AC: So my point is that maybe sexuality itself, and the force of it, is ultimately neutral, because it simply is—it’s the creative force or the creative power of life, of the universe in a state of becoming. But in terms of this materialistic relationship with it that the individual creates because it’s so compelling, so frightening, so overwhelming and so enticing, taking a position of neutrality really forces one to scrutinize one’s relationship to it in a way that I would say never “lets one off the hook,” never gives one the security of feeling, “Well, yes, I know what that is”—you know, that it’s either a wonderful thing or a terrible thing.
TK: Yes, well, like most things in life it’s a matter of intention.
AC: Exactly right.
TK: And it’s in this experience of intention that one moves to higher integration. But it’s when we get stuck in whichever one of those extremes you just mentioned that human growth slows down—or comes to a screeching halt—until one finds the insight to transcend both of those views, neither of which is fully human. Negative or positive, they’re just responses to instinct, and a human being is more than just instinct. A human being has all these other powers that instinct supports, and instinct is fine as far as it goes, but it’s incomplete as a motivating power for the whole of life. But that’s the human predicament, you see. And of course the majority of people do respond to it by sexually acting out as if sex, as you say, were the only pleasure to be had in life.
TK: I mean, there’s no doubt about it: Some people really do seem to live only for that, and we even have an industry that supports this, along with sexual aberrations of all kinds. And it’s waved in front of young people, I would guess, in most cities and towns nowadays, and of course in the media.
AC: Yes, it’s everywhere.
TK: So needless to say, there’s no real support for a commitment to celibacy in our culture anymore. Although it was always only a very small number who were interested anyway, at least in the past there was a profound respect for it in some communities, but now even among the Roman Catholics that respect has diminished. It’s sad to consider that perhaps both marriage and celibacy are suffering in our time from what might be called an incapacity in most people who are growing up today, or who have grown up in the last generation or so, to commit themselves to something for life—whatever it might be—or even for a long period of time. Because there are no models for that anymore. So much divorce, so much moving, so much changing of jobs or professions, travel, lack of stability in families; there’s no real experience of the larger family, of grandparents, for example, who have been together all their lives. So to start telling people that you’ve got to make a life commitment either to this person or to this God of yours—well, it sounds like nonsense to them, like somebody’s just arrived from another planet!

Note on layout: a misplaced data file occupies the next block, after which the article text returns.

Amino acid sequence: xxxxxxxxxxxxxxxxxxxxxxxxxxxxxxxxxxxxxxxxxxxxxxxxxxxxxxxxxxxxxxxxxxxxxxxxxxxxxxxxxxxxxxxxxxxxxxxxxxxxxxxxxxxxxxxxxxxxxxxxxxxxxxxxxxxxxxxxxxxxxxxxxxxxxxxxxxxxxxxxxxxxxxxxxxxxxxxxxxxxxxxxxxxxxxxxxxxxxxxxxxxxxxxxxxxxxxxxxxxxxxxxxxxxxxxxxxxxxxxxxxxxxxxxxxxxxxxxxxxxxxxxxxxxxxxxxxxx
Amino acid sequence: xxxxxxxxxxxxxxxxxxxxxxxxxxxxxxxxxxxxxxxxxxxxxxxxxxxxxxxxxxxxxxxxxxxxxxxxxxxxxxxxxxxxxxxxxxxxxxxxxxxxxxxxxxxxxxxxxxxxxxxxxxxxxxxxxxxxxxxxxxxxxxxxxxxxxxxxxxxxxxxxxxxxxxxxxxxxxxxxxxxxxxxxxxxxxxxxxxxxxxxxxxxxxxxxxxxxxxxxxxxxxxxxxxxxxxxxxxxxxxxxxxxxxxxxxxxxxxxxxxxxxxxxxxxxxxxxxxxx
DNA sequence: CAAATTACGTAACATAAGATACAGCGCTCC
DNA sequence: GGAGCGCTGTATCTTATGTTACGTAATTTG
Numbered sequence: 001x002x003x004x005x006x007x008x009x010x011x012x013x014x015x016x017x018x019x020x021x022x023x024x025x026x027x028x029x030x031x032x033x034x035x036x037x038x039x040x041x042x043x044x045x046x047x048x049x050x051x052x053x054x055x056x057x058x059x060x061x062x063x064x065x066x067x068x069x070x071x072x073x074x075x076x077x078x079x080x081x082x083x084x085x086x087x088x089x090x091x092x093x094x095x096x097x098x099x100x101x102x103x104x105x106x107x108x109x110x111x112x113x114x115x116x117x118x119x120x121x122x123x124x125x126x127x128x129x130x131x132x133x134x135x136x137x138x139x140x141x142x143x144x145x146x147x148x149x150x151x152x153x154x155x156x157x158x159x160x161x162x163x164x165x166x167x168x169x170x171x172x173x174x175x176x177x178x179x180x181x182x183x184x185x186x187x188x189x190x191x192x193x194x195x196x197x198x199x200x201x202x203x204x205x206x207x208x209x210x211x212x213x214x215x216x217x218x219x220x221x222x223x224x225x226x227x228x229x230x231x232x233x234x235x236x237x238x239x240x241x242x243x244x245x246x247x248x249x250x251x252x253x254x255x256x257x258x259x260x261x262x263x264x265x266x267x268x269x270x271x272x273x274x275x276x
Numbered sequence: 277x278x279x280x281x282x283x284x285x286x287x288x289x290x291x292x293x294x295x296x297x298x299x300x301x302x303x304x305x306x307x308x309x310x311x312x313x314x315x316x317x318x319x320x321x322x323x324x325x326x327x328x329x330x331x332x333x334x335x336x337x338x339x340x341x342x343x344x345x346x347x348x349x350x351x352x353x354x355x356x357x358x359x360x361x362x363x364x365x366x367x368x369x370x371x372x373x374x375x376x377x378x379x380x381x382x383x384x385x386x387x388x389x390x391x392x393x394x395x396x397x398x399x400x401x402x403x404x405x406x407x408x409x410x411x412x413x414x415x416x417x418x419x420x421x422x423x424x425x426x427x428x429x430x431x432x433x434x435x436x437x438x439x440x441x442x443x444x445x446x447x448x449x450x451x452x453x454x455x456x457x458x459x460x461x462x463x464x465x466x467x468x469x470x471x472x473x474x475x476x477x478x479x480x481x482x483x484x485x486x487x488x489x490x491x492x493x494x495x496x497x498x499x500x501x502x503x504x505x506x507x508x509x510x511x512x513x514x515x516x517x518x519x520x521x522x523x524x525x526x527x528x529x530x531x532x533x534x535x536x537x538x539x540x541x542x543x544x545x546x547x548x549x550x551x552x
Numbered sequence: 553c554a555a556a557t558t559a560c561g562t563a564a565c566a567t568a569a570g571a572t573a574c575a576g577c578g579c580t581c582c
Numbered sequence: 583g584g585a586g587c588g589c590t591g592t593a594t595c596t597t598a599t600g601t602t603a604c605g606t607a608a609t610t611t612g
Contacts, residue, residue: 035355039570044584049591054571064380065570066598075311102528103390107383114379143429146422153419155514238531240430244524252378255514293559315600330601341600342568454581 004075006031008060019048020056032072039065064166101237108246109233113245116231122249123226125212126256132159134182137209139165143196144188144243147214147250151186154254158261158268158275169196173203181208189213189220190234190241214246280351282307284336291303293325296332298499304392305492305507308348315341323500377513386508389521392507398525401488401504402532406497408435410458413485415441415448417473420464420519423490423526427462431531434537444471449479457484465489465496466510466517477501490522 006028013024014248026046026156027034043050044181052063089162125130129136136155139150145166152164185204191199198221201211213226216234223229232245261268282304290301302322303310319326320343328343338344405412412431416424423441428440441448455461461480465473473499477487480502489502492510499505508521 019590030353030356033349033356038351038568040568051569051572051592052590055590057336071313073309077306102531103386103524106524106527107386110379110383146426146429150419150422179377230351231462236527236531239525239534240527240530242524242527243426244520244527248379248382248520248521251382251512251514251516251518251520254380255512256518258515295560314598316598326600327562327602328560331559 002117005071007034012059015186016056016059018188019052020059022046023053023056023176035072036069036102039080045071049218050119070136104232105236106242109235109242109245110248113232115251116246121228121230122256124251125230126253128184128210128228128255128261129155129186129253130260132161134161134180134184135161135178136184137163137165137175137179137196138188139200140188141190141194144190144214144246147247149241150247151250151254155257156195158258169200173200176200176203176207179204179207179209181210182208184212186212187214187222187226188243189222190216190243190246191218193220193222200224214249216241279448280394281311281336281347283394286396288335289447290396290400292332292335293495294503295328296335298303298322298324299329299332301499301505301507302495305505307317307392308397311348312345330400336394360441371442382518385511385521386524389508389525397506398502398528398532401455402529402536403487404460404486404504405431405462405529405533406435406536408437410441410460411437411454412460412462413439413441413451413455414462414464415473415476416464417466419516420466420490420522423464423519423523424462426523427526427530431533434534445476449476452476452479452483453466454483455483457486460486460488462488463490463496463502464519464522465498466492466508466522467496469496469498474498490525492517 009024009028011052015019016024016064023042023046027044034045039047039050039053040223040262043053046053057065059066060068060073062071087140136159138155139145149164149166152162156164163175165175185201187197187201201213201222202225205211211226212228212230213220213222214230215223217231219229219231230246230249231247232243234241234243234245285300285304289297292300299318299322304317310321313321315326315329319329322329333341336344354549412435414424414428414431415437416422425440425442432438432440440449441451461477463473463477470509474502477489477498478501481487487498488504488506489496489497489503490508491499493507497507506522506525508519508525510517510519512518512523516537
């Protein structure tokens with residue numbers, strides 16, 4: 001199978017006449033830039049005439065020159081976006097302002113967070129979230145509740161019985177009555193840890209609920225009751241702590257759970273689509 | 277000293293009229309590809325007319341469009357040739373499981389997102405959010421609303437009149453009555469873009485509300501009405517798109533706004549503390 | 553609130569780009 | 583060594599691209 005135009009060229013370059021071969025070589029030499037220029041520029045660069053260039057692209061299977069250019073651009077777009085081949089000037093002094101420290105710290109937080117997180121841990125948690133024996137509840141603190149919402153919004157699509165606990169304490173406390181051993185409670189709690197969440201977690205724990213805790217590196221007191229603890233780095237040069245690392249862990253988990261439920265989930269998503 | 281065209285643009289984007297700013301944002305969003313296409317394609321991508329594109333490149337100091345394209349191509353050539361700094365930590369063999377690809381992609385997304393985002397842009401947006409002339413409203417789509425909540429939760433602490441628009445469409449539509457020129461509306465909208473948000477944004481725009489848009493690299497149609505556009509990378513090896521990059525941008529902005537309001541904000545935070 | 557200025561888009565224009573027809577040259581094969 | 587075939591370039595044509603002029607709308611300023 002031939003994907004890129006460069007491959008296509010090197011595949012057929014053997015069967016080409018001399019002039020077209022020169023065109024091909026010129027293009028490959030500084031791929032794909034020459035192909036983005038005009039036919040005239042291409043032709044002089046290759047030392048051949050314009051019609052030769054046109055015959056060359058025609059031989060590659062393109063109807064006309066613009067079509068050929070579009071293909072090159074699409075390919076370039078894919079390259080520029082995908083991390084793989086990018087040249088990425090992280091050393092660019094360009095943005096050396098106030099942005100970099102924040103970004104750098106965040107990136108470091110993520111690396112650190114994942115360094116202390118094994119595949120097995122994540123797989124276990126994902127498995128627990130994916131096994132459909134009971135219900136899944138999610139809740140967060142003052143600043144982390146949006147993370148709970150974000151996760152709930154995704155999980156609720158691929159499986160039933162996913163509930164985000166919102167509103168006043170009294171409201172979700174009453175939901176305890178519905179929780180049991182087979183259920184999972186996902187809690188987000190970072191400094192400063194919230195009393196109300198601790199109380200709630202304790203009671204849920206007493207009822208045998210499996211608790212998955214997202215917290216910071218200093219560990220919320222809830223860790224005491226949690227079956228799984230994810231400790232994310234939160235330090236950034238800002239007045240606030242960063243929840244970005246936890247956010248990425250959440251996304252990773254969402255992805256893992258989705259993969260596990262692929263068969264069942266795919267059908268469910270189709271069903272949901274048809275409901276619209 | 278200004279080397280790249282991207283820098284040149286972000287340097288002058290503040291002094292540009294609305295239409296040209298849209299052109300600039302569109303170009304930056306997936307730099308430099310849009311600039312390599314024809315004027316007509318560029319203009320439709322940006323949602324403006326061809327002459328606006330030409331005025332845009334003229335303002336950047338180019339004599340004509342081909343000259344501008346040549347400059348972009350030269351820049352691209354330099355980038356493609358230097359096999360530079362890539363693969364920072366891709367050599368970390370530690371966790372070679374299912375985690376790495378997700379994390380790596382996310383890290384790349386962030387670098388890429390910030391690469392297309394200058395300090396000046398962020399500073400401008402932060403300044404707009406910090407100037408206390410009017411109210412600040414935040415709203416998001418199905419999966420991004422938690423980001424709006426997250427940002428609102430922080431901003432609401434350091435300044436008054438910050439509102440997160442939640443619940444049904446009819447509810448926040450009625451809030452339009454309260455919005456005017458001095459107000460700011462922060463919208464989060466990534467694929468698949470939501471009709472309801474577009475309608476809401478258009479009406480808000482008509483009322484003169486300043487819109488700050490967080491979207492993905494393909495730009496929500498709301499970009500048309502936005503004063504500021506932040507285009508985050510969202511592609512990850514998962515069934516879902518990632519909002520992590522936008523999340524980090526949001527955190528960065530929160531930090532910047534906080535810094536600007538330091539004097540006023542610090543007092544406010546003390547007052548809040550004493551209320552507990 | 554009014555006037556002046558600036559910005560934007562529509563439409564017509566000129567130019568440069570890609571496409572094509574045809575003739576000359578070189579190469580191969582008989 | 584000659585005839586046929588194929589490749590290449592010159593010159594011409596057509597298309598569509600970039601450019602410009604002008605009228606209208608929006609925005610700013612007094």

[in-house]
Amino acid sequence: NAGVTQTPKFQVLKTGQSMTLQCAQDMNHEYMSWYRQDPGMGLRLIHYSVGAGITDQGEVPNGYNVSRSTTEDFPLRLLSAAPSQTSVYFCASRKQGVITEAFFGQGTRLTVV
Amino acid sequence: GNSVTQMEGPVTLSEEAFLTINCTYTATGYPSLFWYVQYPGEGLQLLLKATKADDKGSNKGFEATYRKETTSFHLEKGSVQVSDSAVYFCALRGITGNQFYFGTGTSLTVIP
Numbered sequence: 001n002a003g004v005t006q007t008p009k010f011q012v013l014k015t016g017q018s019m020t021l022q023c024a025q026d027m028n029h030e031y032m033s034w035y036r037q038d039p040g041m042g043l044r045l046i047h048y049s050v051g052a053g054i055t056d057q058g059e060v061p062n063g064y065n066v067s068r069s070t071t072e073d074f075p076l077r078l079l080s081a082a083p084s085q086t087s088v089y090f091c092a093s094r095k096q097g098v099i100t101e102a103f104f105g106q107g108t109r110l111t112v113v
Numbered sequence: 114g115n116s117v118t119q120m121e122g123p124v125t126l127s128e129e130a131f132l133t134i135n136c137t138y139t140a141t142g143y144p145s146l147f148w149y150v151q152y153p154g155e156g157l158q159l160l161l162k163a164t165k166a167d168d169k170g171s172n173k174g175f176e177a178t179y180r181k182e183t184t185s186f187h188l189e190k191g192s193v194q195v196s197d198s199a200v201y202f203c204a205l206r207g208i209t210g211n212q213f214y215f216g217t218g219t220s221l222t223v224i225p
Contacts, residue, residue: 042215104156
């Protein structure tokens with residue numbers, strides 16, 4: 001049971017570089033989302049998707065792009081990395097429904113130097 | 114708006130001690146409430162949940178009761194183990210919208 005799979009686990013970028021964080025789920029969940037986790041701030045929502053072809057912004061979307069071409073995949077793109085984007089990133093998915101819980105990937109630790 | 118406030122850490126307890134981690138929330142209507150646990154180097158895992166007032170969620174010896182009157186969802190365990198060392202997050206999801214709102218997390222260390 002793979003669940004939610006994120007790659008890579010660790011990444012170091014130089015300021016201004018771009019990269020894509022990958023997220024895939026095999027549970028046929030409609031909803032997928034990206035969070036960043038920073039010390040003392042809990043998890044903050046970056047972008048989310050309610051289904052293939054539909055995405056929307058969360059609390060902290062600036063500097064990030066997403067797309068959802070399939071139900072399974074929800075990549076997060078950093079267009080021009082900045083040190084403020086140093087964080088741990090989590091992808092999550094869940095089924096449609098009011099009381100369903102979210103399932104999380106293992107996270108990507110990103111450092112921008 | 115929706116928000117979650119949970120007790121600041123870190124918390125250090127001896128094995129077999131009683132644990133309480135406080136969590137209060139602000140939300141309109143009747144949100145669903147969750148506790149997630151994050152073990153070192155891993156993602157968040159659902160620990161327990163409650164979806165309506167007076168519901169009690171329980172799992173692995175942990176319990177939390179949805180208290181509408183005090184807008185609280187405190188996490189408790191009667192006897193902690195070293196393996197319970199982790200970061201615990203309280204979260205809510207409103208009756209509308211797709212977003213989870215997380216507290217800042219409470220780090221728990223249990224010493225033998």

There are very few experiences in our culture of the value of moderation, of balance, of the integration of human growth beyond instinctuality to a point where instinctual needs are sufficiently integrated and moderated that their energy can be used for the love of God’s service. That to me is what the spiritual journey is all about—empowering ourselves to use all the forces of our being, not for our own satisfaction but in the service of God and other people and the planet. I think that’s the fruit of celibacy, don’t you? It’s a capacity for sensitivity to the needs of all other creatures and for a certain happiness in belonging to this universe, and not just for sex! They say that babies have a sort of polymorphous sexuality in which the pleasures of the senses are experienced throughout the body and not just fixated in the genital organs, and I think there’s an analogy in that to spiritual life. In the spiritual journey the sexual urge, at least insofar as it wants to express itself genitally, is relativized by the experience of the beauty of the other pleasures of the senses, which obviously are not made ends in themselves either, but together open us up to the truth and the beauty and the goodness of all of creation. In this way, the Creator or the God we’re seeking becomes present not only in our meditation or prayer, but comes to be recognized as the source of everything that exists, including events that are passing through our own thoughts and feelings, and soon everything begins to be seen as that unity, that oneness, that immense awareness. And then, it seems to me, human beings can begin to live in harmony and peace because they’ve learned to see each other not as objects but as subjects manifesting an immense subjectivity that embraces all in the most personal relationship one could ever imagine—father, mother, brother, sister, lover—all rolled into one as a sense of the ever-present unconditional love of God. Promiscuity or repression can only hinder the realization of that miracle, you see? And frankly I’ve seen far too much of both in the lives of people who have shared their spiritual journeys with me—both within the monastery and outside.